October 14, 2017

St. Teresa of Ávila, Virgin and Doctor of the Church

St. Teresa of Avila

(In 2017, this feast is superseded by the Sunday liturgy.)

Memorial - October 15th

Saint Teresa of Ávila, (1515-1582) also called St. Teresa of Jesus, is a 16th century Spanish mystic, foundress, and Doctor of the Church. Baptized Teresa Sánchez de Cepeda y Ahumada, she was born into a wealthy family at Ávila, Spain, the third of nine children. In her youth she was described as beautiful, precocious and marked by a spiritual acuity beyond her years. Of her initial formation and temperament, she observed: "The possession of virtuous parents who lived in the fear of God, together with those favors which I received from his Divine Majesty, might have made me good, if I had not been so very wicked."

Teresa was 14 when her mother died. Overcome with grief, she asked the Virgin Mary to be her spiritual mother and help. Despite her pious upbringing and Godly inclination; Teresa’s interest was briefly given to superficial pursuits. Enamored with tales of chivalry, the future saint deigned to write the same, and, for a short time, concerned herself with her own (aesthetic) beauty. At this, Teresa's father placed her in a convent of Augustinian nuns in Avila. There, Teresa realized how dangerously close she had come to submitting to the vanities of the world.

In 1533, against her father’s wishes, she entered the Carmelite Order. For the next 18 years, she endured both physical pain and spiritual dryness. Depressed by her own unworthiness, Teresa sought the aid of two great penitents, Saint Mary Magdalen and Saint Augustine. She credited them with experiences that helped steady her resolve. One was reading St. Augustine's Confessions; another was the compulsion to pray penitently before an image of the suffering Christ. Regarding this, she wrote: "I felt Mary Magdalen come to my assistance.... From that day I have gone on improving in my spiritual life." Teresa's mystical visions intensified. She began experiencing intellectual insights into divine things and to hear inner voices. Convinced these came from God, she confided them to her confessor and immediate superiors, who viewed them skeptically. Some familiar with her divine ecstasies thought they were diabolical in nature, and not divine.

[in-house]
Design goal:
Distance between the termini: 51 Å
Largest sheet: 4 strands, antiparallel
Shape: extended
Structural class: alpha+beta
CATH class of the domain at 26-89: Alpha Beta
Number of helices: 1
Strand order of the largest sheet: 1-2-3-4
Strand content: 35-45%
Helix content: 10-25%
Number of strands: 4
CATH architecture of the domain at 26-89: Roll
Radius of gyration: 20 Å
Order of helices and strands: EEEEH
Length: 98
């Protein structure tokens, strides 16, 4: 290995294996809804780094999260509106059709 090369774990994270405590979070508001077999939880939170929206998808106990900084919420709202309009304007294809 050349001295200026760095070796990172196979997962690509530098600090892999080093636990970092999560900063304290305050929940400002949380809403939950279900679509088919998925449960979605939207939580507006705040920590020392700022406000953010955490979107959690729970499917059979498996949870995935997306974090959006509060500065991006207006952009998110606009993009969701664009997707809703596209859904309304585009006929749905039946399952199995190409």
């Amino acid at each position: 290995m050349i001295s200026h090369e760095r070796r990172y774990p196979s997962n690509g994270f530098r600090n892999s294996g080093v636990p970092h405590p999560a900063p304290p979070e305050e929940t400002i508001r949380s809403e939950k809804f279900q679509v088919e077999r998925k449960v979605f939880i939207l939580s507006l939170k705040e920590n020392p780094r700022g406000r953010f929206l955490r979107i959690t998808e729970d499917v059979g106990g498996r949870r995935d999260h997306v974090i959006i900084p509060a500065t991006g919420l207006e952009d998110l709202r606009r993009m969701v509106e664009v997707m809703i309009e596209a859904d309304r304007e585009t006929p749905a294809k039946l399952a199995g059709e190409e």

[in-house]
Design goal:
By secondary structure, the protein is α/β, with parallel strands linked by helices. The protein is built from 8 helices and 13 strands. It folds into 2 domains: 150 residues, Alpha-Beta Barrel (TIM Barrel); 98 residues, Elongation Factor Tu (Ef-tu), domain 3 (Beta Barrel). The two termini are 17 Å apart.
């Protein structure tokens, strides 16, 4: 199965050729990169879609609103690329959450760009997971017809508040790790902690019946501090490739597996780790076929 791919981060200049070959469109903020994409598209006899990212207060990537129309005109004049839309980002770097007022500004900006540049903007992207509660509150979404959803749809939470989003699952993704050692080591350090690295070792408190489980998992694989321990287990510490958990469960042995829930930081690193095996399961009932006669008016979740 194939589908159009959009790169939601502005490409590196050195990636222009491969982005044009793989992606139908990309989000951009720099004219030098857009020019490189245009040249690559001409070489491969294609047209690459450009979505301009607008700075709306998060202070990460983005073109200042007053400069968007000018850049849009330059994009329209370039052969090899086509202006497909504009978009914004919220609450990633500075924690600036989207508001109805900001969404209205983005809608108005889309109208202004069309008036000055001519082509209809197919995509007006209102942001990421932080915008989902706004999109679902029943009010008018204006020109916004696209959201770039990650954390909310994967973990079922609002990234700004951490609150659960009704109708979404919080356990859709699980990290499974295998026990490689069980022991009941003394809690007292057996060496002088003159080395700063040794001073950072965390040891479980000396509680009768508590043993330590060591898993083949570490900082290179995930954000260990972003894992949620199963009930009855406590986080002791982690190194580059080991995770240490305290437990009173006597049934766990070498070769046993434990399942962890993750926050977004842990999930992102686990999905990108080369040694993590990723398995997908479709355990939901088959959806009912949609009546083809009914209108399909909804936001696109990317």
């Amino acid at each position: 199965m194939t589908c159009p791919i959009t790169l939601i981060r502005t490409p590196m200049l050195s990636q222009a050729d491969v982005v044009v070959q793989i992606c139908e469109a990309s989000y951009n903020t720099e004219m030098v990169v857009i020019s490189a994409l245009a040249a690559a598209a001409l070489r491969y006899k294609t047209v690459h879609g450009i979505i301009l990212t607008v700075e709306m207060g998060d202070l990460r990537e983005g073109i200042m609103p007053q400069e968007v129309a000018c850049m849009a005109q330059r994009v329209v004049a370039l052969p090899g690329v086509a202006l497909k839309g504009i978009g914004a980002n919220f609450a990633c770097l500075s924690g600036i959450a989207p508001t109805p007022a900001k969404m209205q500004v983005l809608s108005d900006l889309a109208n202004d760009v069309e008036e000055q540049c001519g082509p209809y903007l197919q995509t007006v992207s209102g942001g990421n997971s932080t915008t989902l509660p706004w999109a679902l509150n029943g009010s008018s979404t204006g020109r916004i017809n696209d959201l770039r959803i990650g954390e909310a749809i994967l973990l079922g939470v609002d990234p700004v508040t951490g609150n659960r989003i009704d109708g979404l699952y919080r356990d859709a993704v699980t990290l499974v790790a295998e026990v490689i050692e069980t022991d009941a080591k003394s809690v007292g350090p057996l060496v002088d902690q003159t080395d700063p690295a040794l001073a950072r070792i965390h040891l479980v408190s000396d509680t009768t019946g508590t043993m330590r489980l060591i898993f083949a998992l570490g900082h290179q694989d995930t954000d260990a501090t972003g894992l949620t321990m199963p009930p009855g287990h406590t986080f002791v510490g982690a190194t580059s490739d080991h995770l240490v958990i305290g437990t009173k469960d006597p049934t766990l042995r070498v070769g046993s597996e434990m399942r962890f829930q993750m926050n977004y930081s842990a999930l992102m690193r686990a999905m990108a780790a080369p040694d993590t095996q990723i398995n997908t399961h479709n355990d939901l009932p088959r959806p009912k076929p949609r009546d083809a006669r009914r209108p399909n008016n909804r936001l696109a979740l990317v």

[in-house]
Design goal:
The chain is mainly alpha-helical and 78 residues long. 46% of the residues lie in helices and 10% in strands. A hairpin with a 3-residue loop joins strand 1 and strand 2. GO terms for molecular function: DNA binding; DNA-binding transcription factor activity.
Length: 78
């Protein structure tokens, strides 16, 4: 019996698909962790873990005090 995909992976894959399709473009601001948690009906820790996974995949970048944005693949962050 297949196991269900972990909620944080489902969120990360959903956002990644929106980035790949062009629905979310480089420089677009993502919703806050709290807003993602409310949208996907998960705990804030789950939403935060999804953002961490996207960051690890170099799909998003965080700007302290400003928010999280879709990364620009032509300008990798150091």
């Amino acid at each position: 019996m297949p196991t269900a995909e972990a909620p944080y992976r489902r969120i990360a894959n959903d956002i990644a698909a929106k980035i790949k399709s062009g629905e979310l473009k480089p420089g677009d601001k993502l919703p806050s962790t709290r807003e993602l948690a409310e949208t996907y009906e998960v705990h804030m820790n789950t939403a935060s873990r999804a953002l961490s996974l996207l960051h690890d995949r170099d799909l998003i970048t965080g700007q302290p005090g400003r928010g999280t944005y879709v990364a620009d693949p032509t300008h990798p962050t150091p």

Additionally, Teresa was growing increasingly dissatisfied with the laissez-faire atmosphere at her convent. With encouragement from Saint Peter of Alcantara, the Franciscan priest who was her spiritual guide, she resolved to establish a reformed Carmelite convent, dedicated to prayer, contemplation and absolute poverty. Under divine inspiration, having obtained the sanction of Pope Pius IV, she founded thirty-two reformed convents, often amid heavy opposition. With Saint John of the Cross, she formed a Discalced Carmelite community for men.

St. Teresa of Ávila, whose intercession is widely sought for help in deepening one's prayer life, struggled with prayer herself before achieving a special union with God. Father Pius Parsch describes that union thusly: "Truly wonderful were the exterior and interior manifestations of her mystical union with God, especially during the last decade of her life. These graces reached a climax when her heart was transfixed (transverberatio cordis), an event that is commemorated in the Carmelite Order by a special feast on August 27. She practiced great devotion to the foster-father of Jesus, whose cult was greatly furthered by her efforts."

While traveling to visit a friend, Teresa became ill and would never recover. She died on October 4, 1582, after receiving Extreme Unction. Her last words were: "O my Lord, now is the time that we shall see each other!" She was a prodigious author whose writings are seminal works on mysticism. They include: Camino de Perfeccion, (Way of Perfection) El Castillo Interior, (The Interior Castle), and Las Fundaciones (Foundations). On March 12, 1622, she was canonized by Pope Gregory XV. Blessed Pope Paul VI declared her a Doctor of the Church in 1970.

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